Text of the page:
Windows_Nov18_AOne of the biggest IT expenses for many small businesses is software. Some companies require thousands of dollars of software, which can quickly compound when you hire new employees. Businesses who have purchased Microsoft software may soon be receiving a letter from the tech giant asking for a systems audit. Here is a quick overview of this letter and what you should do if you receive one.

The Microsoft Software Asset Management Review

Earlier this year, Microsoft announced that they will be sending out tens of thousands of letters to small businesses who have purchased Microsoft software licenses. These letters or emails are focused on checking that you have the right number of licenses for your systems.

This program actually has three audit elements, or emails, that are being sent out to businesses.

  1. Internal self-audit email - This is the most common letter businesses have been receiving. It asks them to verify that they are compliant with Microsoft’s licenses, which is usually done by sending Microsoft the software keys for each license or product purchased. They then compare this to their records.
  2. Software Asset Management (SAM) Engagement - This is a voluntary process where Microsoft sends a Software Asset Management partner to your business to audit your systems and see if you are over or under licensed. For companies who do agree to this, the audit is paid for by Microsoft. The downside is, if you are found to be non-compliant, you will likely face a fairly large bill.
  3. Legal Contract Compliance (LCC) audit email - This audit can be enacted by Microsoft if you put off a SAM or self-audit for an extended period of time. Essentially, this is a legal audit that you must comply with. If you are found to be non-compliant under this audit, you could face stiff legal penalties.

What happens if I receive one of these emails?

Should you receive one of these emails, you will be asked to carry out the audit by a set date. Most of the emails contain a spreadsheet that you will need to put your license information into. This can take time because you will likely need to physically check every machine using Microsoft software for relevant information.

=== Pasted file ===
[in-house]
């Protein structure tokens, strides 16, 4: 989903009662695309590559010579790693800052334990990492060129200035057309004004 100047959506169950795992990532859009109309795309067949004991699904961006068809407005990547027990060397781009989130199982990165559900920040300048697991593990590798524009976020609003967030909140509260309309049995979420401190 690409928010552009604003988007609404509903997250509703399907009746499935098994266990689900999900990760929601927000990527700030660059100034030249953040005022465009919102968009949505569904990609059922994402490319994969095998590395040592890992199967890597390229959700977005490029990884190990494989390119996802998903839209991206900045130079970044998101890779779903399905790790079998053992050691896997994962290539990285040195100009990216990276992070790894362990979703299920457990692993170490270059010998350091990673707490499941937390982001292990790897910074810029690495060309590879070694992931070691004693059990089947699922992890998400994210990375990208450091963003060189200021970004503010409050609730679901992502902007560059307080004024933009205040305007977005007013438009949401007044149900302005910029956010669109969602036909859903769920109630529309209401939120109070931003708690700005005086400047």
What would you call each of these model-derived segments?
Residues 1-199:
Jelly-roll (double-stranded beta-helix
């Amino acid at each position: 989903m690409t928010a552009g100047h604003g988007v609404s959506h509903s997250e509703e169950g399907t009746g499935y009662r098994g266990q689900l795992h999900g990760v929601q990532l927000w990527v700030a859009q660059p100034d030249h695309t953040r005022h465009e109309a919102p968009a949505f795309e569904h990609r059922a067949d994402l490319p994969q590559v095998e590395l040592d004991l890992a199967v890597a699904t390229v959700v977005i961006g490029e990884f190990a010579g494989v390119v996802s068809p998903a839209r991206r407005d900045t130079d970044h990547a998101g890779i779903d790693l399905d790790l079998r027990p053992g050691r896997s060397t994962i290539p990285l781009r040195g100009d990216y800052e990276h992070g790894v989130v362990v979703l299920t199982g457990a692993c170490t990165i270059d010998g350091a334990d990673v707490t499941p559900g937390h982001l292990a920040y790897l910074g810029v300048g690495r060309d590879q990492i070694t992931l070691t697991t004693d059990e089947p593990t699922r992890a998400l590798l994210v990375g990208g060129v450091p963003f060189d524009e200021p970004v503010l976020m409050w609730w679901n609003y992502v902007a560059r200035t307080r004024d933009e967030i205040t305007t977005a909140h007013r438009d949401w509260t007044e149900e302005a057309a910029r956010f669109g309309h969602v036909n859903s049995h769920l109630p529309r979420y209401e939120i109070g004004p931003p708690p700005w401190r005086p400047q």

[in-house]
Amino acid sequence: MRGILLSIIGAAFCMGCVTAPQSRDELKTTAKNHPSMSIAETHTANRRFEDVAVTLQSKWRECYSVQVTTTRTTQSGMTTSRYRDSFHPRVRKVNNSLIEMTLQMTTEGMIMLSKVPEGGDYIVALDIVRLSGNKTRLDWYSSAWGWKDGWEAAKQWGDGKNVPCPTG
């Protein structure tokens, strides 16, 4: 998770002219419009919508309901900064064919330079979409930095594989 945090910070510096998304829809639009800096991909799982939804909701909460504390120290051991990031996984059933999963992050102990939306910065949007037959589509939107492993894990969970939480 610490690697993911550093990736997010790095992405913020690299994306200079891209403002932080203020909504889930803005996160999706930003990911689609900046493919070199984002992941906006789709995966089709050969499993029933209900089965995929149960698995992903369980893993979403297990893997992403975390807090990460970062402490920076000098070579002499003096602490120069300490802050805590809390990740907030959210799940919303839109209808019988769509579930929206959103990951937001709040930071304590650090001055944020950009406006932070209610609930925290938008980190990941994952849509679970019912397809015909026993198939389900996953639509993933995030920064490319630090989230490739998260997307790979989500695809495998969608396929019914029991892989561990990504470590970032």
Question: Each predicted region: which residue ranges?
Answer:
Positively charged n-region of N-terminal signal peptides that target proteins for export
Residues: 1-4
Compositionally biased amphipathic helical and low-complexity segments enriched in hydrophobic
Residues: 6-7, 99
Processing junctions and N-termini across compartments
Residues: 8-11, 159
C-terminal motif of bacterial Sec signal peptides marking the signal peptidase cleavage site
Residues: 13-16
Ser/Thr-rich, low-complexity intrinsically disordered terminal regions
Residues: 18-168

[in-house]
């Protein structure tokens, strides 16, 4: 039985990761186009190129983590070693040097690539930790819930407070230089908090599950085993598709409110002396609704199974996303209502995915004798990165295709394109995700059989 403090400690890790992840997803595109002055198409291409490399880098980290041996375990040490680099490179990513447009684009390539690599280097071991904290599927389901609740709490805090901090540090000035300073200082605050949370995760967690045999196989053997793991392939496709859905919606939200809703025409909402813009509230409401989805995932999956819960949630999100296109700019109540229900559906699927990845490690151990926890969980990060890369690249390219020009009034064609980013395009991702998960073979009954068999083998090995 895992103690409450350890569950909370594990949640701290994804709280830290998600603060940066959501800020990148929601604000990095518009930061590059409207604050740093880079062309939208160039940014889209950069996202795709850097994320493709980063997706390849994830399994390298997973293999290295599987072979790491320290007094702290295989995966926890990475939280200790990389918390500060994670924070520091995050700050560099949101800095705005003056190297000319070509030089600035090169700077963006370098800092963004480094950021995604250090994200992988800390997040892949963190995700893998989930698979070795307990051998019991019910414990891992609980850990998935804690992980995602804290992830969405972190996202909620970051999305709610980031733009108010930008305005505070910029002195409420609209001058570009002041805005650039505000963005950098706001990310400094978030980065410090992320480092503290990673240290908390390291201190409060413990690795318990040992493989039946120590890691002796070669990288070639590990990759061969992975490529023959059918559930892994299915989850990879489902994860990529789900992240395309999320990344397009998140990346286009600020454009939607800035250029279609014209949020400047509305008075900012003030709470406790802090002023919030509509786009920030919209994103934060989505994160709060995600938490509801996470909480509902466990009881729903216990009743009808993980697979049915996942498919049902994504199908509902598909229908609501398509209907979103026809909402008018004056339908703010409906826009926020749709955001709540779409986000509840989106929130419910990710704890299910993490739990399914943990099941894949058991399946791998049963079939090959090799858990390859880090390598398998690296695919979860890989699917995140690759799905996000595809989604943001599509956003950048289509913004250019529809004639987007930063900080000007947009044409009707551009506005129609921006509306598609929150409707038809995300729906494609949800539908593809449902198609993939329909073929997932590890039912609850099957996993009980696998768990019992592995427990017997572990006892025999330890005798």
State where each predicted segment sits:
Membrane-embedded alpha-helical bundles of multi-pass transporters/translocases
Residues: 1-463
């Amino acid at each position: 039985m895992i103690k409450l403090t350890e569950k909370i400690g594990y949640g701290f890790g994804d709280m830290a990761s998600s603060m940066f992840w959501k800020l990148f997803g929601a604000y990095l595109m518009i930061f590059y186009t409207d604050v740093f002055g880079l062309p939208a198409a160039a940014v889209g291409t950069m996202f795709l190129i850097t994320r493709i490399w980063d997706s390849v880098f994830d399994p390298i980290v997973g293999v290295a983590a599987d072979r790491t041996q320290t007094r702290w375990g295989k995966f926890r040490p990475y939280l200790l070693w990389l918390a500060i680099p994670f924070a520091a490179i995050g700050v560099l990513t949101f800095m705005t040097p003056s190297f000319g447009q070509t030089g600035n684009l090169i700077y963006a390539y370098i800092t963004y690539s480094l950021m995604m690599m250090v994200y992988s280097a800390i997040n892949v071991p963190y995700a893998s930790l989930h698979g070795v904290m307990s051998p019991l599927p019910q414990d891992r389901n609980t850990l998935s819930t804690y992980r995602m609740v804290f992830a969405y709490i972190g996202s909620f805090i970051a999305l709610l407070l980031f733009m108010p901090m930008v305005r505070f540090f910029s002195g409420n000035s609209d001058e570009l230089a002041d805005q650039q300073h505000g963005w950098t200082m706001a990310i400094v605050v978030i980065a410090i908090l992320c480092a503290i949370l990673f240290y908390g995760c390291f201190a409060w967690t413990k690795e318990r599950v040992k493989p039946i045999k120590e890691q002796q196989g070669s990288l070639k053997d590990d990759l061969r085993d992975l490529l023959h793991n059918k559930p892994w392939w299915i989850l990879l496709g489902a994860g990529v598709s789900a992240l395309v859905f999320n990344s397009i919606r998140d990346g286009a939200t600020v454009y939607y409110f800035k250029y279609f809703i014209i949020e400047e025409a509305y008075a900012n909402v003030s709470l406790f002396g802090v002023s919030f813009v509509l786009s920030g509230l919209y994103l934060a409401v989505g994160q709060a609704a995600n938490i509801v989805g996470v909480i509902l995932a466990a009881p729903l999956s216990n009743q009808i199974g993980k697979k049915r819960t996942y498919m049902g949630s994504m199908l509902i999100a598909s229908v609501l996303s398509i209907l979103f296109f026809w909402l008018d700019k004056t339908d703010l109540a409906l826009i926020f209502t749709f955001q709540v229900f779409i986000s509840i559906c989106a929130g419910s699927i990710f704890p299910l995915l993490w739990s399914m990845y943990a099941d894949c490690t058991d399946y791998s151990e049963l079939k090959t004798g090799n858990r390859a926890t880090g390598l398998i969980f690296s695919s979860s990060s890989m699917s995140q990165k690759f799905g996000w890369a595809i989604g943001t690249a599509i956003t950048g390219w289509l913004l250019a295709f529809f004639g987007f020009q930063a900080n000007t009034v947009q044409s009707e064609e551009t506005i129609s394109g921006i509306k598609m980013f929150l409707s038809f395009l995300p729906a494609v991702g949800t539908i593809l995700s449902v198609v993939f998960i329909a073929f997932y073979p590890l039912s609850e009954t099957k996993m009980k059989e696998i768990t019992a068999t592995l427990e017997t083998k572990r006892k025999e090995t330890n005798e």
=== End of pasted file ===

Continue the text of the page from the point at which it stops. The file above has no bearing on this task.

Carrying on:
Auditors who come to your business will ask you for network and server access and any other form of information they think they can ask for.

Should you be found to be non-compliant or under-licensed, you will likely then be presented with a bill for the extra licenses. If you happen to be highly under-licensed, this bill could be quite large.

What should I do if I am worried about this audit?

An audit like this could be time consuming, costly, and above all is frustrating for any business owner or manager. What we recommend is working with us. We can help ensure that your business is using appropriate licenses and, should you face a request to do an audit, we can help you through the entire process.

So, contact us today to ensure that your business is compliant.

Published with permission from TechAdvisory.org. Source.
November 20th, 2014

AndroidPhone_Nov17_AFor many business owners with Android devices, Google's Calendar app is one of the most useful to have installed. With the update to Android 5.0, the company has also been updating their apps to make them not only look better, but more useful too. This has led to a new version of Calendar being launched with some great new features.

The idea behind the new Google Calendar

According to Google, the new Calendar app has been designed to truly help make lives easier. With the older version of Calendar, you have to take time to copy and paste information like location, phone numbers, and details into each event. This leads many users to simply skip adding important information when they create new events on their mobile devices.

With the latest version of Google Calendar, Google aims to make the creation of events and addition of information far easier. To do this, the new app has some useful features including:

Events pulled from Gmail

These days, when you book a flight or confirm a meeting, etc. you usually receive an email with a confirmation number and some contact information. In the new Calendar, events like this will be pulled automatically from Gmail emails and added to Calendar, along with relevant information.